The so-called "race to the bottom" is a fact of our market-based economy. In fact, the process of seeking ever cheaper production is what drives our economy and always has. It's why Europeans invested in North America in the 17th century. It's why Phildelphia is crowded with office buildings built for companies who have long ago moved out or closed. It's why India is finding that it's ability to attract jobs is being undercut by lower cost providers in Manilla and Malaysia.
The lesson to be learned from all this one that David is just beginning to grasp. Our market-based system has been one of the great creations of humankind. Of course it has limits, and it must be carefully regulated to work to society's advantage. What's missing now is not market mechanisms, or tariffs, or a soul. What's missing now is the simple faith that the future will bring us new opportunities and new rewards. And this faith is, in my experience, largely a product of a society's leaders.
It's what endeared FDR to a couple of generations of Americans. It's what made JFK seem cool. It's what makes Obama seem cool. It's even, God help my immortal soul, what made people like Reagan (the evil bastard!).
David's bankruptcy lawyer was right. He's a young man, with obvious gifts. He'll survive, maybe even thrive again. The future's like globalization: there's no stopping it.
We would do well not only to recognize that but to embrace it. One of the posters commented that the government has robbed us to give money to defense contractors, etc. I think this is right. What we should be doing instead is investing that same money in our future. We should be saying to David and everyone else who is trying make their way, "we've got your back. Your healthcare is on us. Your kids' education is on us. You won't starve or become homeless." And we should do that not because we're interested in creating a class of people addicted to a nanny-state. We should do that because we believe in David and in each other.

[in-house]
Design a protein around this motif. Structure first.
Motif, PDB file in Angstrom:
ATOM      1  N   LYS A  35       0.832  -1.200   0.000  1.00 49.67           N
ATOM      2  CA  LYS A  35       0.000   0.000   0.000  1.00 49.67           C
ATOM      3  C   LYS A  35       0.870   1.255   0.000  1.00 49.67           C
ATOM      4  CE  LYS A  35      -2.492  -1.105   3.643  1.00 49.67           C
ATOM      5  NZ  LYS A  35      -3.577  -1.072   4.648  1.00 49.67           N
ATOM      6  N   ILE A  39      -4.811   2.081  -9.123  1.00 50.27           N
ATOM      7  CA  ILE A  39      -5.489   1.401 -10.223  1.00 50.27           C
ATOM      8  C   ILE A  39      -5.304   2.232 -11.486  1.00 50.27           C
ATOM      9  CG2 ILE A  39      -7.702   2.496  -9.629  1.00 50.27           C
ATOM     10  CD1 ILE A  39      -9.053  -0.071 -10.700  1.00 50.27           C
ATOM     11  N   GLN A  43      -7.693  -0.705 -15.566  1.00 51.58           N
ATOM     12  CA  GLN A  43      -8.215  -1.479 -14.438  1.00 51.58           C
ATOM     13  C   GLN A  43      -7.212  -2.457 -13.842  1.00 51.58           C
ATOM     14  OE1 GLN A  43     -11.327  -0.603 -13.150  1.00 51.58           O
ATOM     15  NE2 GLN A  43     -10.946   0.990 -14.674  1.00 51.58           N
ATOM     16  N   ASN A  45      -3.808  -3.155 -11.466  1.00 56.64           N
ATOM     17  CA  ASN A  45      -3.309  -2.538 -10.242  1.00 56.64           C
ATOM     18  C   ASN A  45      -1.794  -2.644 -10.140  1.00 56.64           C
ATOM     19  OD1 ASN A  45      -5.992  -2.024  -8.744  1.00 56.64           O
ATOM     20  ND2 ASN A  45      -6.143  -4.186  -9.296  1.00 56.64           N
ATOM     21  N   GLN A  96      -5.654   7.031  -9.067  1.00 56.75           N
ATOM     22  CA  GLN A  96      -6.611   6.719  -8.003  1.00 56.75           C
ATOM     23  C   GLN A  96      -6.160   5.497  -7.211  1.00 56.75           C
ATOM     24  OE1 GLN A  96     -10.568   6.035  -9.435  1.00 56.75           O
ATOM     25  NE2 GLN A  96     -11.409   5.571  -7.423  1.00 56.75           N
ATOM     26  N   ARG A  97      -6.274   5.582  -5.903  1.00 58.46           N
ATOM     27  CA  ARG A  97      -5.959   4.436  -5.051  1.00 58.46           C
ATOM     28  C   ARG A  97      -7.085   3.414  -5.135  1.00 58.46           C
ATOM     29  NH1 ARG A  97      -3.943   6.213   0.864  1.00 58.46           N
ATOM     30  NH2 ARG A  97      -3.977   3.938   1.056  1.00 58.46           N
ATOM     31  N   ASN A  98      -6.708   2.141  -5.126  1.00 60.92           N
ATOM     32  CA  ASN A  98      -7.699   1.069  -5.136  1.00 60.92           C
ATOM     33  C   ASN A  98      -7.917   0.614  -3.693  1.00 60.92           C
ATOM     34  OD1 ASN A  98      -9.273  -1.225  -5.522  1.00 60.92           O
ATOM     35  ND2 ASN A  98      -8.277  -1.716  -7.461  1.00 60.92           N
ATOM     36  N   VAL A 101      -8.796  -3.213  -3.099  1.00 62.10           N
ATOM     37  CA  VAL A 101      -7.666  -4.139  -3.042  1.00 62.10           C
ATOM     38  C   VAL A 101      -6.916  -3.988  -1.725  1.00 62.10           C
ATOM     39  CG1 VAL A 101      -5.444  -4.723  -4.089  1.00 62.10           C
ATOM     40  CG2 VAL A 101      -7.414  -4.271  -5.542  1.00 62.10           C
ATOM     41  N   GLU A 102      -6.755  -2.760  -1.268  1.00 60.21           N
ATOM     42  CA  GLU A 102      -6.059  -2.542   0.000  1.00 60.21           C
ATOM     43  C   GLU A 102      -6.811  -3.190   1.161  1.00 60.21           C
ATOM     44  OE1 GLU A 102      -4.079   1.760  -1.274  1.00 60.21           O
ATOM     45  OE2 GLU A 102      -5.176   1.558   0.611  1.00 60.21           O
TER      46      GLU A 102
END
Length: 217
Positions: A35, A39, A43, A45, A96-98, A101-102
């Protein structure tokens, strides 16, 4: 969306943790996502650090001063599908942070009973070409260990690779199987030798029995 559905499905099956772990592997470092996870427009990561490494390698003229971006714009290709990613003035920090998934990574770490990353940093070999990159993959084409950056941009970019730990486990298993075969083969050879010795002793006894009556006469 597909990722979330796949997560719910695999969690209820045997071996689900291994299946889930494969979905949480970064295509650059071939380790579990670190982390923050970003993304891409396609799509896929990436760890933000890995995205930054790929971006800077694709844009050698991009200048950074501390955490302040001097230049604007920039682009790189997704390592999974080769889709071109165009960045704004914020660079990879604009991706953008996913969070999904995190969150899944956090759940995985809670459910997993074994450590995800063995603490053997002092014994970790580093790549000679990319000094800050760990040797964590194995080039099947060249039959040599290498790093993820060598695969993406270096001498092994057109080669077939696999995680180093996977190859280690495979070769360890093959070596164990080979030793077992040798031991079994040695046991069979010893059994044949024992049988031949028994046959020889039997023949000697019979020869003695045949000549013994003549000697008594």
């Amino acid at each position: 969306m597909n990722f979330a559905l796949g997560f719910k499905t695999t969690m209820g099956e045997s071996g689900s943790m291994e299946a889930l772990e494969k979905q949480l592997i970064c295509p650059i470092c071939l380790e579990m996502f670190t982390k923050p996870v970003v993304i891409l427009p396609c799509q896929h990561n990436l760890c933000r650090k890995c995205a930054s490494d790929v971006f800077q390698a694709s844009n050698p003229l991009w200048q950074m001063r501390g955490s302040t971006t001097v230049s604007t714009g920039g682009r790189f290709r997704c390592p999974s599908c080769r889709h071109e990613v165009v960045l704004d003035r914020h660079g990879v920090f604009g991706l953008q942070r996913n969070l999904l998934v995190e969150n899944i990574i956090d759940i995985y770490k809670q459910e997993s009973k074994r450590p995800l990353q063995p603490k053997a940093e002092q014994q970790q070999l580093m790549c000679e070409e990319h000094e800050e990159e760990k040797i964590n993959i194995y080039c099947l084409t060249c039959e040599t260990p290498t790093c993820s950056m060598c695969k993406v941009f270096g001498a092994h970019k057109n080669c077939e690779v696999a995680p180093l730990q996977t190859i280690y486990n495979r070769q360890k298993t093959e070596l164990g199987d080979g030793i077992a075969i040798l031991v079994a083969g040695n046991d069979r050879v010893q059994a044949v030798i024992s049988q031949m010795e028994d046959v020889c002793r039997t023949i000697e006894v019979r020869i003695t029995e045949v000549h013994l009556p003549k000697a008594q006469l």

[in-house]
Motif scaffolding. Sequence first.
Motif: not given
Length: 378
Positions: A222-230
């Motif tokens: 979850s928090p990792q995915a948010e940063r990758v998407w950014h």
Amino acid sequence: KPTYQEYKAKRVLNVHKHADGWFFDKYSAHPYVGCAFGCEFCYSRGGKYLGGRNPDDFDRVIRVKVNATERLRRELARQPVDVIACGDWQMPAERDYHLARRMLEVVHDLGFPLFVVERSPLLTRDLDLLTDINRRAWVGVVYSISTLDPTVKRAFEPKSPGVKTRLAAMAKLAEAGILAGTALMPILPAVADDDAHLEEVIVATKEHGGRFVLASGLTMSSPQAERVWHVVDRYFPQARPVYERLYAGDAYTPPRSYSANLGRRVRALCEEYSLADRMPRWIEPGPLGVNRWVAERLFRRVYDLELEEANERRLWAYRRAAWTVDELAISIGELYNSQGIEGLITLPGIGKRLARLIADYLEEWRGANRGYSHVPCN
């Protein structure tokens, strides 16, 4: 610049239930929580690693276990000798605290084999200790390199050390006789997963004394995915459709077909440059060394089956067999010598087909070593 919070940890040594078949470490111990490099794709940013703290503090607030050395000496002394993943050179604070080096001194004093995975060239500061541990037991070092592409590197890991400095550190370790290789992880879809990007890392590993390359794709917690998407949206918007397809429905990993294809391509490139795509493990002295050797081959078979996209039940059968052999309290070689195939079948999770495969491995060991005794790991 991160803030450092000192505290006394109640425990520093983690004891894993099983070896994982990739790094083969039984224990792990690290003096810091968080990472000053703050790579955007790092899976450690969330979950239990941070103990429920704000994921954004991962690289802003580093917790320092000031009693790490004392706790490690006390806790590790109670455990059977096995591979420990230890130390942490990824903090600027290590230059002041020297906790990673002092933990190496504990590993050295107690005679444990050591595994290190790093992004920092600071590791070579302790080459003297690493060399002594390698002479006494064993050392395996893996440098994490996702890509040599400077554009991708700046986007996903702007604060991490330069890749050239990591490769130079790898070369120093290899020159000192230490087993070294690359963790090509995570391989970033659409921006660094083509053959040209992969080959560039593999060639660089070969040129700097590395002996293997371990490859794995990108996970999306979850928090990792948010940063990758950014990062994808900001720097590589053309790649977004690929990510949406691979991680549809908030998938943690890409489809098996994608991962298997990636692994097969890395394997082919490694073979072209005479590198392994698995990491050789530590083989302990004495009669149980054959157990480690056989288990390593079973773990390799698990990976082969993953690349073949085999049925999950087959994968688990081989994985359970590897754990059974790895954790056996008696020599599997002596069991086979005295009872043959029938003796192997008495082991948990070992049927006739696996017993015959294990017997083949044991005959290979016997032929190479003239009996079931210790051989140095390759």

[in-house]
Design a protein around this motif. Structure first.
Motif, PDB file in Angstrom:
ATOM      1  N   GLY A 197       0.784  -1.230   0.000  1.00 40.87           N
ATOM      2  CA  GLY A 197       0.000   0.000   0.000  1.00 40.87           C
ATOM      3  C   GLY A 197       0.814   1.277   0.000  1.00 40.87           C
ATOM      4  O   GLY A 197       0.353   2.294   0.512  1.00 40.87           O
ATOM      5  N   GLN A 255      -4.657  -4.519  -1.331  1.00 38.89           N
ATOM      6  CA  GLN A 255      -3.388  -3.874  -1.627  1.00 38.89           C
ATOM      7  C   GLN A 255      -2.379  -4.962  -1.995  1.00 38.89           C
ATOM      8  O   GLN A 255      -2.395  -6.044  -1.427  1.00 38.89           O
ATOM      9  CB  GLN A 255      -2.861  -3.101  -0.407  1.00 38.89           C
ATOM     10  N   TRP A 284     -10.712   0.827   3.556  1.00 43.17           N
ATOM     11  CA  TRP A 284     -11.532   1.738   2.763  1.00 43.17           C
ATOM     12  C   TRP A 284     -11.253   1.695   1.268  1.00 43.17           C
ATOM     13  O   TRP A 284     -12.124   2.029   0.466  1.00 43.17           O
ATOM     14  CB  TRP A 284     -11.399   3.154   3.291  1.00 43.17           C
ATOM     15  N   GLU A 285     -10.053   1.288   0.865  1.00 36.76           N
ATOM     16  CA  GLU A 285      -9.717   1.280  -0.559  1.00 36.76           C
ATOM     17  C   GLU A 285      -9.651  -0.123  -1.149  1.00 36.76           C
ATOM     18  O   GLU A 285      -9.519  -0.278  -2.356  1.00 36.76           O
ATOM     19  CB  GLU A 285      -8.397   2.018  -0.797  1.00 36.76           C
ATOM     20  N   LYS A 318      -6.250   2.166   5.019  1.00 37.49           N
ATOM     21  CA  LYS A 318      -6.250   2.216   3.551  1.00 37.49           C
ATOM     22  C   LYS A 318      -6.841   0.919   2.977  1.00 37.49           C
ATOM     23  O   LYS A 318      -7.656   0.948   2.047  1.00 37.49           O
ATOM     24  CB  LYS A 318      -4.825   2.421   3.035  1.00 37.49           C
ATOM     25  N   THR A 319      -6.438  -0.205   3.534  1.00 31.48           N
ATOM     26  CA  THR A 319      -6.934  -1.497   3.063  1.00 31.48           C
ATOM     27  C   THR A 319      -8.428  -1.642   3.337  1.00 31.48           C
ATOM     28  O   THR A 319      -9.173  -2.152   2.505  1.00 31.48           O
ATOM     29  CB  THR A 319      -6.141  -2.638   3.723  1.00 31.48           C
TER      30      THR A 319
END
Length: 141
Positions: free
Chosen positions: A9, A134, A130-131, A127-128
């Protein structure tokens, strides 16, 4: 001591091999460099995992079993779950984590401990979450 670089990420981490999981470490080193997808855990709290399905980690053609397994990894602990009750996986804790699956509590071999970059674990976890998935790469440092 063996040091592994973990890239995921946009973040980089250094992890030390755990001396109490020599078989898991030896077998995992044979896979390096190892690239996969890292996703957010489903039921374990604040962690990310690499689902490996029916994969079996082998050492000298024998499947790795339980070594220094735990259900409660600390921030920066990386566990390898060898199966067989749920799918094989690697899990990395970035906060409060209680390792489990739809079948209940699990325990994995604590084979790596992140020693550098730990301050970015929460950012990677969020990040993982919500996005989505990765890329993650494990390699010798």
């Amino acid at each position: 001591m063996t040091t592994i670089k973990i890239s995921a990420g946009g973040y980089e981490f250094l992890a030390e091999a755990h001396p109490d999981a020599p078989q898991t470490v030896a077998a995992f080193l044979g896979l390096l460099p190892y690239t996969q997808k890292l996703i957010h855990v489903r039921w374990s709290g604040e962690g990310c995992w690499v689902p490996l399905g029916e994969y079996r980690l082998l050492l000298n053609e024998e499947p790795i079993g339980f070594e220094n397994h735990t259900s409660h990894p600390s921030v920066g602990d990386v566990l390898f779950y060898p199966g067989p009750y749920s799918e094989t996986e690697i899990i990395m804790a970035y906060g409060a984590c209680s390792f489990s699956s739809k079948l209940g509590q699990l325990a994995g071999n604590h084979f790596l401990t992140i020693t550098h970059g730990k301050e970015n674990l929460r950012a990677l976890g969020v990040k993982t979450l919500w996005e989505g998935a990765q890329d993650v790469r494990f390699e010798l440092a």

If David were a stock, I'd be ready to invest (if I had any money, that is!). Our future can be a great and wonderful thing, but only if we let go of the past and start to invest in it by investing in ourselves.
Friday, April 20, 2007
Well, not by any standard. The President, the one person who matterswas pleased with the Attorney General’s testimony today.
I have this image of the President sitting in his office watching these old fuss-budget Senators fuming and sputtering and stewing and full of righteous indignation, and the President simply enjoying the fact that there is not one goddamned thing any of them can do about it.
Mr. Bush has nothing to fear from the electorate or even his own party. So long as Mr. Gonzales is willing, my bet is that the President continues what is for him a ritualistic humiliation of pompous blatherers.
Monday, April 09, 2007
When these folks see secular media, they see a world that mocks them. The people they see on TV, movies, etc., are well off, educated, part of a meaningful group doing meaningful things, etc. They feel excluded from that mainstream society, and understandably they scorn it, mock it. And their legitimate feelings are manipulated and exploited by conniving men and women who see these dispossessed souls as a pool of money and votes to be commandeered for their own nefarious purposes, generally involving big houses, swimming pools and the odd private jet.